Marijuana Law, Policy & Reform

Editor: Douglas A. Berman
Moritz College of Law

Sunday, September 15, 2013

Will Big Pharma, and "the Impact of Marijuana Pharmaceuticals," determine the future of marijuana reform?

The question in the title of this post is prompted by this new paper available via SSRN. The short piece is by John Robert Alfino and it is titled "The Impact of Marijuana Pharmaceuticals." Here is the abstract:

The FDA will soon approve Sativex, the first marijuana-based pharmaceutical. Sativex is a tipping point in the marijuana law and the politics of strict prohibition. The reclassification of marijuana under the Controlled Substances Act is in the financial interests of the American pharmaceutical industry. The availability of marijuana-based, or synthetic cannabinoid-based, pharmaceuticals will change the politics of marijuana prohibition.

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No. The goal of marijuana law reform is for marijuana to be put onto the same legal footing as alcoholic beverages. The goal is not to make big pharmaceutical companies $Billions selling "marijuana pills" to patients while at the same time they're arrested for growing and possessing marijuana in its natural form. That would be like legalizing vitamin-C pills while criminalizing oranges!

And it's hard to imagine another product where its legality changes based on the purpose that its lawful owners put it to. Once we purchase a product we are free to use it for whatever reason we want - we are not arrested for choosing to use it for some purposes while ignored for choosing to use it for others. Why should marijuana be any different?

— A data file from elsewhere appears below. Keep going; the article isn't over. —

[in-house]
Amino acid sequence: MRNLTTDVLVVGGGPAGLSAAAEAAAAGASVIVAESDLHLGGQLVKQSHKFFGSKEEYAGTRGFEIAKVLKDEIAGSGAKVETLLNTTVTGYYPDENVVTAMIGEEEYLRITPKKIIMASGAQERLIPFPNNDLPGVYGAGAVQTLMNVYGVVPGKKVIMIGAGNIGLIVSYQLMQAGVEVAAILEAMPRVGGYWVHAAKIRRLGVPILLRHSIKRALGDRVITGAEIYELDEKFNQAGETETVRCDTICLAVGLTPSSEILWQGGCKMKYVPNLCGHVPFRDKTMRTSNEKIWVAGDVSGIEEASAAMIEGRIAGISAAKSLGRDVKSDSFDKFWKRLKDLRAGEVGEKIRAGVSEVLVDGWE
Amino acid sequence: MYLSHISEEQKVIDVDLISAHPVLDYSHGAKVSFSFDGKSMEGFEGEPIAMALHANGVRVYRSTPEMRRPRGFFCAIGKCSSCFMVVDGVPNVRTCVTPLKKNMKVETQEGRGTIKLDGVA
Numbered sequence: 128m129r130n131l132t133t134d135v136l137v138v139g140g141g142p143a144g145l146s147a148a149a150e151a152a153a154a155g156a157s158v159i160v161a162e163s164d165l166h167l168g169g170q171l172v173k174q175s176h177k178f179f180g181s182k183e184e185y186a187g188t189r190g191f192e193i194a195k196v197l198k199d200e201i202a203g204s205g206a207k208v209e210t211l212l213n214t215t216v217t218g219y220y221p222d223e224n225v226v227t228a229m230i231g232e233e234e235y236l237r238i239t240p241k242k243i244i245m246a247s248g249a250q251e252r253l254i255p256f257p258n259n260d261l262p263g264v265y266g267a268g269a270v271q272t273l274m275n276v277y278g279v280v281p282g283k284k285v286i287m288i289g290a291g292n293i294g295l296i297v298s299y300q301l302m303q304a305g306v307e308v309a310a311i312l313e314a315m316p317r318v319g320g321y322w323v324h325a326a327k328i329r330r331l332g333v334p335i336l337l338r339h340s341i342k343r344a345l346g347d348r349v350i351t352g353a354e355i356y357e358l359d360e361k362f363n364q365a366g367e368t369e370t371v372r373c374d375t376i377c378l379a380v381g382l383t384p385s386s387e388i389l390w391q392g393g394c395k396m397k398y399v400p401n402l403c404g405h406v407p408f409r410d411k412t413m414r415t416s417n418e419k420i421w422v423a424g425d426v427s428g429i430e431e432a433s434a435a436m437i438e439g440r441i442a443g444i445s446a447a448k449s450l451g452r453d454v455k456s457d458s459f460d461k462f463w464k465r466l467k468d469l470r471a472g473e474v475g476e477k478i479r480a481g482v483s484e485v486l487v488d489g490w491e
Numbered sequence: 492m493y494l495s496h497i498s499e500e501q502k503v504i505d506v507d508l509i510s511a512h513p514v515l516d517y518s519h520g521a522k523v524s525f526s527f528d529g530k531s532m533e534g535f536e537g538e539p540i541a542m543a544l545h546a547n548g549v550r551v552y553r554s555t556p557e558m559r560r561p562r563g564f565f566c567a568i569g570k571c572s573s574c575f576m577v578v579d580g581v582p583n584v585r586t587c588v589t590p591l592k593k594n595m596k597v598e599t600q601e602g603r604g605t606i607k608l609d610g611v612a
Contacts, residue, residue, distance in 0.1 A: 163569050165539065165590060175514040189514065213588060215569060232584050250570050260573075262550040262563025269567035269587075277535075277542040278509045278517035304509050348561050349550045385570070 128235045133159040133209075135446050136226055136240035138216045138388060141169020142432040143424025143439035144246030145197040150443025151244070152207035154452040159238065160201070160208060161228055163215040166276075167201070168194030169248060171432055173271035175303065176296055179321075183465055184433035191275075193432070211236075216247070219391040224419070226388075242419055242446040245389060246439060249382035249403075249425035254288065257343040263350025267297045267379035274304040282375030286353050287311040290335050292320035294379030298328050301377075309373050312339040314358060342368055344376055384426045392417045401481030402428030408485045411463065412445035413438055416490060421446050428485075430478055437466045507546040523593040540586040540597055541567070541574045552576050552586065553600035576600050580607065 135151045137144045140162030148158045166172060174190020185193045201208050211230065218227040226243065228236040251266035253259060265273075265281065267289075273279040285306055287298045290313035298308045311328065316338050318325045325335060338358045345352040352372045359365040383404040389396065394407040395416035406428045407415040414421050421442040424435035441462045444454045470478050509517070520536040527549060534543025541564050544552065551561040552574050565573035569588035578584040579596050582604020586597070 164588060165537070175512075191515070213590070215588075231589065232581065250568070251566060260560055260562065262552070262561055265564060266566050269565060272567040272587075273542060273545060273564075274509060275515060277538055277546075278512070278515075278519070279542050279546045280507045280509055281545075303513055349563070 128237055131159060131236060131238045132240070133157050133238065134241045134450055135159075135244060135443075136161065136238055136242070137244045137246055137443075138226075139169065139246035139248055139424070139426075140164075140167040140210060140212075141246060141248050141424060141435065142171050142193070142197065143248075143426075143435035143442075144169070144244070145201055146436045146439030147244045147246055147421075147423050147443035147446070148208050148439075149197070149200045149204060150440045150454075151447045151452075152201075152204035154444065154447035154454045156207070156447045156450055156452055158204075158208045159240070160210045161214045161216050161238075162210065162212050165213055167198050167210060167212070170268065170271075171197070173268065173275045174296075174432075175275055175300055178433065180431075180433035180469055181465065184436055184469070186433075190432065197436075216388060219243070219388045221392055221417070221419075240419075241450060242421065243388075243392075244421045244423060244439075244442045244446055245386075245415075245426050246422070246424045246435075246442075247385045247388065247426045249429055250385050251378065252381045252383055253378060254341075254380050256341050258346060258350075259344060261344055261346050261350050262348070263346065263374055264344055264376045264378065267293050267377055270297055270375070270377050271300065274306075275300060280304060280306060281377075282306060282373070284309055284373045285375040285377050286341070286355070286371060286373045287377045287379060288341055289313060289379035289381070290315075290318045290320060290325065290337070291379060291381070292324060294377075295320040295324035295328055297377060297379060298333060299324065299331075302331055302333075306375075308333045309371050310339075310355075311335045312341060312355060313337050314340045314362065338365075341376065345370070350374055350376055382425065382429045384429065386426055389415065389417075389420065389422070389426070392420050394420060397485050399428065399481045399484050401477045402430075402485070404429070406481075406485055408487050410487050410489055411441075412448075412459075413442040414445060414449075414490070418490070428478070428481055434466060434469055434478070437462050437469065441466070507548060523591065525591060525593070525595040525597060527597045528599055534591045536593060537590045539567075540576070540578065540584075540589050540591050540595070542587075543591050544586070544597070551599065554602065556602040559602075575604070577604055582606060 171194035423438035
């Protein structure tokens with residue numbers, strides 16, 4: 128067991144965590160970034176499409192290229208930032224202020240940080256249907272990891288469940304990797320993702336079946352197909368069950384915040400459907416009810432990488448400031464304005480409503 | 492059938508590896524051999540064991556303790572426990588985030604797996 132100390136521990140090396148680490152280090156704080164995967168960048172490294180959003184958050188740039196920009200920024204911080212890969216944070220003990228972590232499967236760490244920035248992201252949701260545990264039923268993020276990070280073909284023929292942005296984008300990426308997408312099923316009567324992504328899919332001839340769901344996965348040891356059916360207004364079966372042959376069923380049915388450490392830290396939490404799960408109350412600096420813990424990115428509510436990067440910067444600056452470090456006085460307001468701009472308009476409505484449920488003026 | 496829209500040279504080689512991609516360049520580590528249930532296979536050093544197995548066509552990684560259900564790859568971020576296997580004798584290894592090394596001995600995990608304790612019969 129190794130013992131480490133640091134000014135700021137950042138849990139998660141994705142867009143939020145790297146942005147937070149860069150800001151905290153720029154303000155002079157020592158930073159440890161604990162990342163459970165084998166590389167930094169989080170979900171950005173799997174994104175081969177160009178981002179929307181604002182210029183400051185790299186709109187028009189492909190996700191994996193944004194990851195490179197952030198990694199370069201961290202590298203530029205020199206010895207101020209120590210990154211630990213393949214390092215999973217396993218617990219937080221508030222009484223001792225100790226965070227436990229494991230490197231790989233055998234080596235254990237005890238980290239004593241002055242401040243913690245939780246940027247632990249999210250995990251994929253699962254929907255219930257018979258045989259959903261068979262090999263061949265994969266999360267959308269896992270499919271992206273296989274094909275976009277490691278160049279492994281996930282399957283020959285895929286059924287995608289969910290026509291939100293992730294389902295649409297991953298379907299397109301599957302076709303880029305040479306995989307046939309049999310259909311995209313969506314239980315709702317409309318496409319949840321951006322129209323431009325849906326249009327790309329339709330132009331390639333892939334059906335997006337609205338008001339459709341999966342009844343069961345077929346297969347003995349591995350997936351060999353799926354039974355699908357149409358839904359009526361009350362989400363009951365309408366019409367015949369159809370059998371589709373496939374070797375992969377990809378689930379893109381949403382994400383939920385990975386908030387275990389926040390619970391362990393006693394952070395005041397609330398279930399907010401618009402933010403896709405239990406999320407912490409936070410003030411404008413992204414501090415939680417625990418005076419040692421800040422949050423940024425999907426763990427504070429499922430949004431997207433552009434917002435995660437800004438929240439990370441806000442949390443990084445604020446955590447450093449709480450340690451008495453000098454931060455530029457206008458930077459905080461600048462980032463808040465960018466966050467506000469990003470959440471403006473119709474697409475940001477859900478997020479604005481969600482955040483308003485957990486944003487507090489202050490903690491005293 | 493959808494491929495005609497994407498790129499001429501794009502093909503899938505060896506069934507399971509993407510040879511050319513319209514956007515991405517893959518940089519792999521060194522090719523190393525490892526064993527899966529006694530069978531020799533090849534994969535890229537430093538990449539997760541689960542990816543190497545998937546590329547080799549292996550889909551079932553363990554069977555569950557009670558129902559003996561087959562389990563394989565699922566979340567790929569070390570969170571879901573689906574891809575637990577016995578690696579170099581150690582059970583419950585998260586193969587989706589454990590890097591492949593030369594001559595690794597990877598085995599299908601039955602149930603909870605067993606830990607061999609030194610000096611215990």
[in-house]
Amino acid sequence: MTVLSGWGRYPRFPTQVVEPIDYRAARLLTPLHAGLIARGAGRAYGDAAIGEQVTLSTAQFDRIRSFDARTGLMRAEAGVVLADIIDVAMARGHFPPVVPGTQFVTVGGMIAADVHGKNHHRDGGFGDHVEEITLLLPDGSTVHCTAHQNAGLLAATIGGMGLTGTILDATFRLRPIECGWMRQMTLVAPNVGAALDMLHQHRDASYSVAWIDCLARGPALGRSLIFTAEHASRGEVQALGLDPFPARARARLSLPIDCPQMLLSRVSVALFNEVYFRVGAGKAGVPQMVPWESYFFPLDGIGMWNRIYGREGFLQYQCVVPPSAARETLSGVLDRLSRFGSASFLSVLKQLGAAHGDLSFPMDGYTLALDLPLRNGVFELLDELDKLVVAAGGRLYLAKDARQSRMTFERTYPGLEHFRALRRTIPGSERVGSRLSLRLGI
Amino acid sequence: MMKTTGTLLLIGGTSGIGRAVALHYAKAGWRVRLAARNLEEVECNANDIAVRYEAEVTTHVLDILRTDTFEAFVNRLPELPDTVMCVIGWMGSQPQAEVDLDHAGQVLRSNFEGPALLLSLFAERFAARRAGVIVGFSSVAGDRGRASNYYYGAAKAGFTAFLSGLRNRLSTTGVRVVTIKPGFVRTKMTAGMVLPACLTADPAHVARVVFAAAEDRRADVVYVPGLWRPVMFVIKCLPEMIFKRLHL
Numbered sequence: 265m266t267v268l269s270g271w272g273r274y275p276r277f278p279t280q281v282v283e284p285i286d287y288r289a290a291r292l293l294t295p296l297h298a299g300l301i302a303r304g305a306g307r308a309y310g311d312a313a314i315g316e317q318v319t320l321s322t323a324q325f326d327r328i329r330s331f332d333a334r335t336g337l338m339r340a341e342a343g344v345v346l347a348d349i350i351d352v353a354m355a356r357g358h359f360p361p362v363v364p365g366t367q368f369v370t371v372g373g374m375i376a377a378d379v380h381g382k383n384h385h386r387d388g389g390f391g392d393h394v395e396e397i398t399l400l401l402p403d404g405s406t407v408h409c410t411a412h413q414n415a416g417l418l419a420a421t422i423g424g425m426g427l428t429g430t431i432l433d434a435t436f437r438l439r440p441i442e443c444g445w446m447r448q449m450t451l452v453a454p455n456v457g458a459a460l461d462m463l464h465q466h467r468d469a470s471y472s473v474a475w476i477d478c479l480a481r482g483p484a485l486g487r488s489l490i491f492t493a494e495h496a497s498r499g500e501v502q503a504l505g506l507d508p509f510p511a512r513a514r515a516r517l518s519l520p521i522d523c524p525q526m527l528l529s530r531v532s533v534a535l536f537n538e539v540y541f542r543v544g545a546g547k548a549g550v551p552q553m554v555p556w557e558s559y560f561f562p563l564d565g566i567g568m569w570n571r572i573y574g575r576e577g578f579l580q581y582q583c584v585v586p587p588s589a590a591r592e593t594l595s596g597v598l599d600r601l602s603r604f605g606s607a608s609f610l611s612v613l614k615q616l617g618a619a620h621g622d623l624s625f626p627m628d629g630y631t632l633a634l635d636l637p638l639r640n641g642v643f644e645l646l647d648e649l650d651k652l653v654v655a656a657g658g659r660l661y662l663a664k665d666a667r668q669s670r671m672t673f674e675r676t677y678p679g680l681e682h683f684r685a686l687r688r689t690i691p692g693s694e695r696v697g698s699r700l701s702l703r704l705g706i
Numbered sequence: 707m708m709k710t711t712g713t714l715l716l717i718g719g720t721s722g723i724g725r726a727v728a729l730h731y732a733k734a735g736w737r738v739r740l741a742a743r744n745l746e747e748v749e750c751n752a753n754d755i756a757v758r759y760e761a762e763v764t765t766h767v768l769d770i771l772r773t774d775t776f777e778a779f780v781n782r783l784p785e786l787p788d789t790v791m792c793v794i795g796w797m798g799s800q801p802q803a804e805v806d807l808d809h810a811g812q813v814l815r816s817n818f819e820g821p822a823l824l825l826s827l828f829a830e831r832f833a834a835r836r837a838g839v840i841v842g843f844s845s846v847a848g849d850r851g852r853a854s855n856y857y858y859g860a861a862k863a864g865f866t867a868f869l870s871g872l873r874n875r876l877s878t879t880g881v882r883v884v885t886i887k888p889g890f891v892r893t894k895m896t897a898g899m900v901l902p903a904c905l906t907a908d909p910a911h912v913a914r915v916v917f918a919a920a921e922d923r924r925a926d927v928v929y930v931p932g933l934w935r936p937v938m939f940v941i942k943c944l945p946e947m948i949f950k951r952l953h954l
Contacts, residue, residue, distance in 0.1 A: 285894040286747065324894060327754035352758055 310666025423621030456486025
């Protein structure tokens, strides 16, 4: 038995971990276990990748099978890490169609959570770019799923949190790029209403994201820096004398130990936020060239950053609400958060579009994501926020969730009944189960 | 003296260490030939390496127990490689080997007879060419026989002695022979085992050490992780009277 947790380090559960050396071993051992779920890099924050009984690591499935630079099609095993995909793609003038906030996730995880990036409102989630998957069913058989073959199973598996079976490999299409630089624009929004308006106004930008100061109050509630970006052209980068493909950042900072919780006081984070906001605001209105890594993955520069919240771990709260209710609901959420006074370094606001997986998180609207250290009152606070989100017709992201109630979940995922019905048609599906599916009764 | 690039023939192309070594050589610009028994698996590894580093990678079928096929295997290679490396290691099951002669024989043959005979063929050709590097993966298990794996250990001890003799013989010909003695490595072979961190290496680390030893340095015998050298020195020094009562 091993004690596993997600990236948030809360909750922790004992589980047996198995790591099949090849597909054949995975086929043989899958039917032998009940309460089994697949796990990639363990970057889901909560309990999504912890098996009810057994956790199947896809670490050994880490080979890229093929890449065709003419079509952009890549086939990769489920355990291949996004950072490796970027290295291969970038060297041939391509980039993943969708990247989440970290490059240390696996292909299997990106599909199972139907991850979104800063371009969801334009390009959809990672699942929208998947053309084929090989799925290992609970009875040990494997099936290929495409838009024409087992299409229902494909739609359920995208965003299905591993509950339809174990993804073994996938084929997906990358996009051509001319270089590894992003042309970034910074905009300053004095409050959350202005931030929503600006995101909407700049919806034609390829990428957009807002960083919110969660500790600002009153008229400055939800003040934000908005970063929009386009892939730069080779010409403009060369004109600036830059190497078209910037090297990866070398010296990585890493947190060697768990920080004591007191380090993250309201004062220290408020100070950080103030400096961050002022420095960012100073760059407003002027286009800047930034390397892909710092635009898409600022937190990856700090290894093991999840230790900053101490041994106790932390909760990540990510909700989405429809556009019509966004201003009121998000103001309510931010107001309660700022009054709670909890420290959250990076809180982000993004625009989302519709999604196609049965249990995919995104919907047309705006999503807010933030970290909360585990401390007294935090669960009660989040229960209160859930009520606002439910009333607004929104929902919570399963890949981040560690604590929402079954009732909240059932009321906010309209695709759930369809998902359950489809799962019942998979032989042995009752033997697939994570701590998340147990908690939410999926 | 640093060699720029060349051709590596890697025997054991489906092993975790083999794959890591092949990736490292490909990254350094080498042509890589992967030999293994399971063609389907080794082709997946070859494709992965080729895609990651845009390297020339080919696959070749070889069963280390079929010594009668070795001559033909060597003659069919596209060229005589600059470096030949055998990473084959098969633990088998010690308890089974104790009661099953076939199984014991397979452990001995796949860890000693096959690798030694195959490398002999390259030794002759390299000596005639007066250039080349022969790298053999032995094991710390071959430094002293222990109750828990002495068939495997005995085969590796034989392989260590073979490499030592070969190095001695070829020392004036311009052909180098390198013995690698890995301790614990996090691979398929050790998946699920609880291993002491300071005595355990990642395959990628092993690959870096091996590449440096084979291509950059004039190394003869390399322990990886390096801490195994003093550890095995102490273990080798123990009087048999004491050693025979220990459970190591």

Sativex is an example of a group of people trying to profit from the marijuana prohibition, it is *not* an indication of the demise of the prohibition. The DEA has no problem taking a schizoid position where it keeps natural marijuana 100% illegal while at the same time allowing an extract of natural marijuana to be legal if produced by big pharmaceutical companies and sold to patients in pill form.

Marijuana is a significantly less-harmful and less-addictive alternative to alcohol and we could prevent a lot of the harm that alcohol causes by giving people the right to choose marijuana instead of alcohol. I believe that it is our duty to make this happen.

Posted by: Jillian Galloway | Sep 16, 2013 3:21:37 AM

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